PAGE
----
Non-uterine pelvic malignant tumors

Of non-uterine pelvic malignant tumor cases sampled by the new technique, 42 were serous carcinoma. Among these, there were eight tubal, three peritoneal, and 28 ovarian HGSCs. Serous carcinoma was detected in 113 of 166 non-uterine pelvic carcinoma cases sampled by the classical method. Among these cases, there were 85 ovarian, 11 tubal, and five peritoneal HGSCs (Table 4). Of all cases, p53 positivity was detected in 22 tubal epithelium samples. Among these, six tubal epithelium samples were identified as macroscopically benign with a low Ki-67 index. These samples were identified as “p53 signature” (Fig. 2). In cases sampled by the new technique, STIC was detected in 10 of 28 ovarian HGSCs and four tubal carcinomas. All lesions except one were located in fimbrial ends (93%).
In peritoneal serous carcinomas, invasive serous carcinoma with a diameter of 0.2 cm was detected, and STIC was shown in the same case in the fimbrial end. STIC was identified in 15 of 39 HGSCs (40%). Among the tubal carcinoma cases, STIC was shown in only one case (0.5%) by the classical method. This difference was statistically significant (p = .001). We did not detect any p53 signature with the classical method, but six new cases were detected with the new method.

Ovarian borderline tumors

While serous borderline tumor was identified in 31 of 44 ovarian borderline tumors using the classical method, it was detected in 13 of 17 cases in the SEE-FIM group. Other cases were mucinous, seromucinous, and endometrioid. The clinical and pa-thological features of the SBT in each group are shown in Table 5.
PTH was shown in seven of 13 cases (55%) sampled by the SEE-FIM protocol (Fig. 3). One case was bilateral, four were diffuse, and four were focal lesions. Three of the focal lesions were located in the ampulla and infundibulum. PTH was detected in two of the cases with implants. In the classical method group, PTH was shown in two cases (6%). There was a statistically significant difference (p = .001). Moreover, although salpingoliths were detected in two cases sampled by the new tecnique, it was not identified in the classical method group. Except for serous borderline tumor cases, PTH was not detected by either the classical method or the SEE-FIM protocol.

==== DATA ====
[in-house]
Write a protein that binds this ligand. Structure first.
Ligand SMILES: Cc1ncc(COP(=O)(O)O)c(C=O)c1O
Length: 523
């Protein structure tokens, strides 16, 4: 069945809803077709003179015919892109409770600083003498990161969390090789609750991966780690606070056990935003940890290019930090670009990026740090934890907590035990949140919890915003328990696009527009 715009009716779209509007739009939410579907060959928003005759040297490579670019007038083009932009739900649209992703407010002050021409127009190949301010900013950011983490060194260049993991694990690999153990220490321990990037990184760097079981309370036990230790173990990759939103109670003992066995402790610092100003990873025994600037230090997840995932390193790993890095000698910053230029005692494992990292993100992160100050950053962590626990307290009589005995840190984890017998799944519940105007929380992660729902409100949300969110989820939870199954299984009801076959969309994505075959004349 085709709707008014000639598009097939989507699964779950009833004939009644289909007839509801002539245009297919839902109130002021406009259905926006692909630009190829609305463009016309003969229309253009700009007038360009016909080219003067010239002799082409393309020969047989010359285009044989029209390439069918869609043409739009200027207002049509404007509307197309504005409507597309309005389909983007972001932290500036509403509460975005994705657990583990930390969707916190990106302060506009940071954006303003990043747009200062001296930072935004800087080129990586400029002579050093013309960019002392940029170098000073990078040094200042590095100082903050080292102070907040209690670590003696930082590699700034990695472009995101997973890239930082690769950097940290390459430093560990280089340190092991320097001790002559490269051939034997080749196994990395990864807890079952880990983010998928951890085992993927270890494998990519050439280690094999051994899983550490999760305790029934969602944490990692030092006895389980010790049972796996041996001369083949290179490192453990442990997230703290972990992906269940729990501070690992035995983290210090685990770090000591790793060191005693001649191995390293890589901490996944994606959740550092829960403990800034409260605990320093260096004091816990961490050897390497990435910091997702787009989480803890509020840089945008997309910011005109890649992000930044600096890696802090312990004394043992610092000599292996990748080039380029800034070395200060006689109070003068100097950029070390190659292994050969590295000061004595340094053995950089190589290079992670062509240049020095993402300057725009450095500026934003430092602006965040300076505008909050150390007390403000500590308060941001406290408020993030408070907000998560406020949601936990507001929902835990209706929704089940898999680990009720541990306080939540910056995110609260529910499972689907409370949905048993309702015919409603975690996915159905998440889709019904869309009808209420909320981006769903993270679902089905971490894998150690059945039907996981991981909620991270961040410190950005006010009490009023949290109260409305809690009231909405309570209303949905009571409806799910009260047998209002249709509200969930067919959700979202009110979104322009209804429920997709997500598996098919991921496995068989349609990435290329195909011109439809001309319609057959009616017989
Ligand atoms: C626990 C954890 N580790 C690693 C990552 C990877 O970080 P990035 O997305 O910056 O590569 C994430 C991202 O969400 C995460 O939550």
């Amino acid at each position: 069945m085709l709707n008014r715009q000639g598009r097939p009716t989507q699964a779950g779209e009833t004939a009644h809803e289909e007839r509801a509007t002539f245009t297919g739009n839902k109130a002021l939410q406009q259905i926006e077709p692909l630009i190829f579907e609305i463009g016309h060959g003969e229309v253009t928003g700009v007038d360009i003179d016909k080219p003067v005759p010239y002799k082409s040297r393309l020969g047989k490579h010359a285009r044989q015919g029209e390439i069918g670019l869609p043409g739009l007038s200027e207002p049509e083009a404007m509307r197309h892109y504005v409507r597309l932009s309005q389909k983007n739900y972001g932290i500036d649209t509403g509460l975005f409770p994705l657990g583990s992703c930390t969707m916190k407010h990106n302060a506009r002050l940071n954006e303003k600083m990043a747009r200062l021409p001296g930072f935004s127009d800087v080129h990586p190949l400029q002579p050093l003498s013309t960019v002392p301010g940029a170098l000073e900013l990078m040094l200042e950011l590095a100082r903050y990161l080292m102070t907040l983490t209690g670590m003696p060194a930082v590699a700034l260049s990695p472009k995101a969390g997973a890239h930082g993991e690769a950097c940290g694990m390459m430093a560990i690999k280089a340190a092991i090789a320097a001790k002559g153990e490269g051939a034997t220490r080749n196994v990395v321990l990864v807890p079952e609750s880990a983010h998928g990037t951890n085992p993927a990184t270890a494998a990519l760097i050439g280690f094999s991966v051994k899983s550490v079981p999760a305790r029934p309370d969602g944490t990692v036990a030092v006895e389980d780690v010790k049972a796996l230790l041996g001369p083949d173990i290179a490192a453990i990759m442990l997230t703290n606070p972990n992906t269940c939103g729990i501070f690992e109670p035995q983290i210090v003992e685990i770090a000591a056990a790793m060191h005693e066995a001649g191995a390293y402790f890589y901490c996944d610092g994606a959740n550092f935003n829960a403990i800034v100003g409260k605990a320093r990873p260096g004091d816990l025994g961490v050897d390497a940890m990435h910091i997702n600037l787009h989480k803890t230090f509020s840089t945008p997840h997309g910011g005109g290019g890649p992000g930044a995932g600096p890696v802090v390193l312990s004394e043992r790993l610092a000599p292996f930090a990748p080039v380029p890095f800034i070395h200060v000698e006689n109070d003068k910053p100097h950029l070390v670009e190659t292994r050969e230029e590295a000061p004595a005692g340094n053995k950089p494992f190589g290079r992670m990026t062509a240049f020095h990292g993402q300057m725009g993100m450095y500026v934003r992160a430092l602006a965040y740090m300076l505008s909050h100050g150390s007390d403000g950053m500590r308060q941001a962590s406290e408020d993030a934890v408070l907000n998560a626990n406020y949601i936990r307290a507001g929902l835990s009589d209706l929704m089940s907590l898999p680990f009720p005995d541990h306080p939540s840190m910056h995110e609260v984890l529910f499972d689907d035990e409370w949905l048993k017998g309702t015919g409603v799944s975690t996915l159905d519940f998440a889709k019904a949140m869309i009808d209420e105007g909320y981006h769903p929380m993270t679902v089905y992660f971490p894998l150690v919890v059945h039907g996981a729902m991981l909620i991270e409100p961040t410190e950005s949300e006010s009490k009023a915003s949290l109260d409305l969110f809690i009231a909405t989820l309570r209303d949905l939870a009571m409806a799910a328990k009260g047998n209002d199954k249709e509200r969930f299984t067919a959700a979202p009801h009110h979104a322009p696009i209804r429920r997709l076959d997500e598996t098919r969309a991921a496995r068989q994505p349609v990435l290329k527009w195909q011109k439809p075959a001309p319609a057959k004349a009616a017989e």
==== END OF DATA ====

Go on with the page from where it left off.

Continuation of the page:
Premalignant and benign lesions and other tumors

Of 410 cases sampled by the new technique, tubal endometriosis and adenomatoid tumor were detected in seven and four cases, respectively. While five endometriotic foci were located in the infundibulum, two were in the ampulla. Adenomatoid tumors were located in the ampulla and infundibulum, with a mean diameter of 1.2 cm both at the serosa and subserosa. Neither tubal endometriotic focus nor adenomatoid tumor was identified in any of the 162 cases sampled by the classical method. There was a statistically significant difference between the two techniques regarding the diagnosis of adenomatoid tumor and endometriotic focus (p = .039).


Endometrial carcinomas

Detection of tubal lesions synchronous with endometrial cancer is important in management. Appropriate sampling of the tubes, ovaries, and lymph nodes is crucial in staging and treatment. The correct prognosis estimation is related to detection of tuballesions in endometrial cancer. In our study, we detected two new tubal infiltrative carcinomas that were not seen by the classical method. As a result, the stage of one of these two cases was ch-anged after the detection of the lesion. Since the other case demonstrated metastasis, detection of the lesion did not change the stage. Culton et al. [14] reported synchronous endometrial and fallopian tube tumors in 13 cases. The sizes of the tumors ranged from 0.2 cm to 17.5 cm [15]. Kulac and Usubutun [15] compared 100 fallopian tubes sampled by the classical method with 100 fallopian tubes with fimbrial end sampling and reported two invasive and two proliferative lesions that were not seen macroscopically. In our study, the sizes of the tubal lesions were 0.2 cm and 0.3 cm, and they were not detected macroscopically. Culton et al. [14] reported seven of 13 lesions using fimbrial end sampling, and Kulac and Usubutun [15] identified three of four lesions using fimbrial end sampling. In our study, one of the two lesions was in the fimbrial end. Since tubal lesions can originate from lesions in the endometrium or endometrioid epithelium transformed from the tubal epithelium, studies on tubal lesions are important for determination of origin and pathogenesis of these tumors. Kulac et al. [15] reported an association of endometriotic foci with tubal lesions in two of four cases. We did not identify any endometriotic focus in our cases.